6 December, 1919
Ross Smith and the Vimy crew had some “breathless moments” as they just cleared the rails on takeoff from the very short racecourse in Singapore. The 20th leg of the epic flight presented localised lightning storms and bumpy conditions on the nine-hour journey down to Sumatra and Java, with the men realising they’d passed the equator after “one immense vacuum into which we fell made us hold tight and wonder”.
The Dutch Flying School at Kalidjati sent out a escort of four machines to welcome the crew, but passed within 500 feet without seeing the Vimy.
“Kalidjati is one of the best aerodromes I have ever seen,” Ross later wrote in 14,000 Miles Through the Air. “It is a huge place nestling at the foot of the mountains and it is no wonder that the Dutch flying officers and their mechanics are a cheery lot in such ideal surroundings.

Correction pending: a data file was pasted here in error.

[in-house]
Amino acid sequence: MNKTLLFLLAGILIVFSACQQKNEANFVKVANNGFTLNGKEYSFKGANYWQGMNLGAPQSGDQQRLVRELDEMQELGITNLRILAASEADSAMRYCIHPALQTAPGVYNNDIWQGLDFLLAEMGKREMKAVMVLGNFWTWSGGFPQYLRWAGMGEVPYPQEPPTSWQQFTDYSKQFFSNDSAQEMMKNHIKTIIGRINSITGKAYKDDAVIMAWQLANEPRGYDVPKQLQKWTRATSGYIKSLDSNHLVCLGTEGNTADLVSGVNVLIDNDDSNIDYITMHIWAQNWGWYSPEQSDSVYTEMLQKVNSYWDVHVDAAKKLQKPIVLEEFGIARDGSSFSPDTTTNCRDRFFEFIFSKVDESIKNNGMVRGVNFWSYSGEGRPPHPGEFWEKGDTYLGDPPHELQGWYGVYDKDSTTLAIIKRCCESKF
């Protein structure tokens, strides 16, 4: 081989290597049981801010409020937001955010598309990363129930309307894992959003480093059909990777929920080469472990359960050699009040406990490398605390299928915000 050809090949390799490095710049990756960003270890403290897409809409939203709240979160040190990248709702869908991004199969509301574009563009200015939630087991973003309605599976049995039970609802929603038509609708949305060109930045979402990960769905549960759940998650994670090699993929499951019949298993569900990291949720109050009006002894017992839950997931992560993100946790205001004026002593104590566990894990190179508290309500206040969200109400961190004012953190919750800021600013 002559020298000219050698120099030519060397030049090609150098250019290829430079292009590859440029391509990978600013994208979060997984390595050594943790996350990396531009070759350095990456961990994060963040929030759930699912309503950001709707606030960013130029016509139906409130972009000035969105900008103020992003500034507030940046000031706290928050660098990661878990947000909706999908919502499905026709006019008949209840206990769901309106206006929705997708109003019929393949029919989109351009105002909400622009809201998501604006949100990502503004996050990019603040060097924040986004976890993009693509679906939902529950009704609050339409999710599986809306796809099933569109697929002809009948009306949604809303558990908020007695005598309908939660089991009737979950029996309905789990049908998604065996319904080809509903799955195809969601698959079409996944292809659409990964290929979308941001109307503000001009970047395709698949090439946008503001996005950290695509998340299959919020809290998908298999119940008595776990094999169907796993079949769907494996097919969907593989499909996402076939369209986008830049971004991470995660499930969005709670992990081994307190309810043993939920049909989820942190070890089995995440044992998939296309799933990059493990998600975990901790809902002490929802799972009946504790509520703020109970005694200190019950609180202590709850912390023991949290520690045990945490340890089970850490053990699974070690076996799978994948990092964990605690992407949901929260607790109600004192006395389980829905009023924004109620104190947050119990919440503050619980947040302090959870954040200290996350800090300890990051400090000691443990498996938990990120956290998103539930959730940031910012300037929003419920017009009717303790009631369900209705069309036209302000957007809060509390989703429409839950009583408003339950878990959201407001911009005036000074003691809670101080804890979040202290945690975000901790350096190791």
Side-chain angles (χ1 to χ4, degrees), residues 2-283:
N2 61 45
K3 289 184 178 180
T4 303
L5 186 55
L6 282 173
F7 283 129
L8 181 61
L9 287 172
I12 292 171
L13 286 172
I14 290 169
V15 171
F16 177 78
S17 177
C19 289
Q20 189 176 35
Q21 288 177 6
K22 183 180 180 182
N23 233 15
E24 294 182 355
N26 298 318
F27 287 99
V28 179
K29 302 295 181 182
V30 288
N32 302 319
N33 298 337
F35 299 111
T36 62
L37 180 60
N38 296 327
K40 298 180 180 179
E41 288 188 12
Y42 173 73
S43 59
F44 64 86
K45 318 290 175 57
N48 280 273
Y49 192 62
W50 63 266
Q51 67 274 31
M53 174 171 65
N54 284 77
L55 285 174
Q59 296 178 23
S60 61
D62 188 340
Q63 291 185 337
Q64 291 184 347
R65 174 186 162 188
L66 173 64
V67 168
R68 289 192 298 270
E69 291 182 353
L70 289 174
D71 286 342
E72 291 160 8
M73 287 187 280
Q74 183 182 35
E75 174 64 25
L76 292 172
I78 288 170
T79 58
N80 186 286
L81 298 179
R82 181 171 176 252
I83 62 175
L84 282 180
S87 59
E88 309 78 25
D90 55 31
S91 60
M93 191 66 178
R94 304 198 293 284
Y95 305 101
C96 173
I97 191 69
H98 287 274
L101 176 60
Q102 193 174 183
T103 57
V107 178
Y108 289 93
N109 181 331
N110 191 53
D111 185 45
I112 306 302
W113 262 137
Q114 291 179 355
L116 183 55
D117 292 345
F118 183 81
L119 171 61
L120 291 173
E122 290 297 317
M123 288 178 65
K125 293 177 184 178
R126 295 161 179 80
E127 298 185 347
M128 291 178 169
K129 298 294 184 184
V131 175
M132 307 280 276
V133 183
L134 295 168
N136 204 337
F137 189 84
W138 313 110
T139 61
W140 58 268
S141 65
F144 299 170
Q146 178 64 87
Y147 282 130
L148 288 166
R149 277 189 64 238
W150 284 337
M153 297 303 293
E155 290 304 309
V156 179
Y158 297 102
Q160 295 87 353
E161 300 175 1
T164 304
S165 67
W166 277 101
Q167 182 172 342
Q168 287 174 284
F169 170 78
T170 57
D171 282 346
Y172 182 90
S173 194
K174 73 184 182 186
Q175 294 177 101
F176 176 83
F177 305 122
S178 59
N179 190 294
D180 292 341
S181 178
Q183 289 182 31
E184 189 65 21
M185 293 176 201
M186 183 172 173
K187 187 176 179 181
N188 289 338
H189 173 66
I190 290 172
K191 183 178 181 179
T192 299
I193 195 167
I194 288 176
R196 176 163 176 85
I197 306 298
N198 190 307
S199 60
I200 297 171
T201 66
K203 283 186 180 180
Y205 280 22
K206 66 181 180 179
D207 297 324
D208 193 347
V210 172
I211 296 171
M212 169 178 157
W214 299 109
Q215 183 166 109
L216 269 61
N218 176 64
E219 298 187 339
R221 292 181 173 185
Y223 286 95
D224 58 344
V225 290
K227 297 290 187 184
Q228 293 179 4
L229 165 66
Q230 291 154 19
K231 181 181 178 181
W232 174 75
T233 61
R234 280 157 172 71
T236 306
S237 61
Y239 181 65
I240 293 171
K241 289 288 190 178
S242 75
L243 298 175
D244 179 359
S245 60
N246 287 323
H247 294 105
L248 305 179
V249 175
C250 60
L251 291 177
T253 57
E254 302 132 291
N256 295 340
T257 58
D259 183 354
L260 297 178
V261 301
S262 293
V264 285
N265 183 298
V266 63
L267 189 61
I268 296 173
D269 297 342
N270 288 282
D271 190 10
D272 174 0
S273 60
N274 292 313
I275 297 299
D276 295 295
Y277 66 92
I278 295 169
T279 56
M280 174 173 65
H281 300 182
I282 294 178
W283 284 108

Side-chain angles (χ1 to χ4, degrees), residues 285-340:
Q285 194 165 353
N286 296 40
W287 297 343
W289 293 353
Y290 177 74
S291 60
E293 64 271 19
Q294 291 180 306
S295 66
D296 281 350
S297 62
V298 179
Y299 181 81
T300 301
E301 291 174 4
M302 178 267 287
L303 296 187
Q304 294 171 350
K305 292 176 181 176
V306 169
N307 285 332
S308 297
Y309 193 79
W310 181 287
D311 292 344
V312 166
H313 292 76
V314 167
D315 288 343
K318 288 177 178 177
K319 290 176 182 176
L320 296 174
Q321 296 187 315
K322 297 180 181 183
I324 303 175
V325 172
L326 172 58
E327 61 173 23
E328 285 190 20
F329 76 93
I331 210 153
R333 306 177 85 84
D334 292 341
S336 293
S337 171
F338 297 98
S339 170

“We were treated with the greatest hospitality and kindness; nothing was too much trouble for our friends, and the Governor-General himself gave orders that we were to be the guests of his Government while passing through the Netherlands East Indies.
“After a well-enjoyed meal, we set to work on the machine. The petrol available was very heavy, and it took us six hours to filter 350 gallons through the chamois leather strainer into the tanks.”
The image top left shows the Vimy over Java and was first published in 14,000 Miles Through the Air.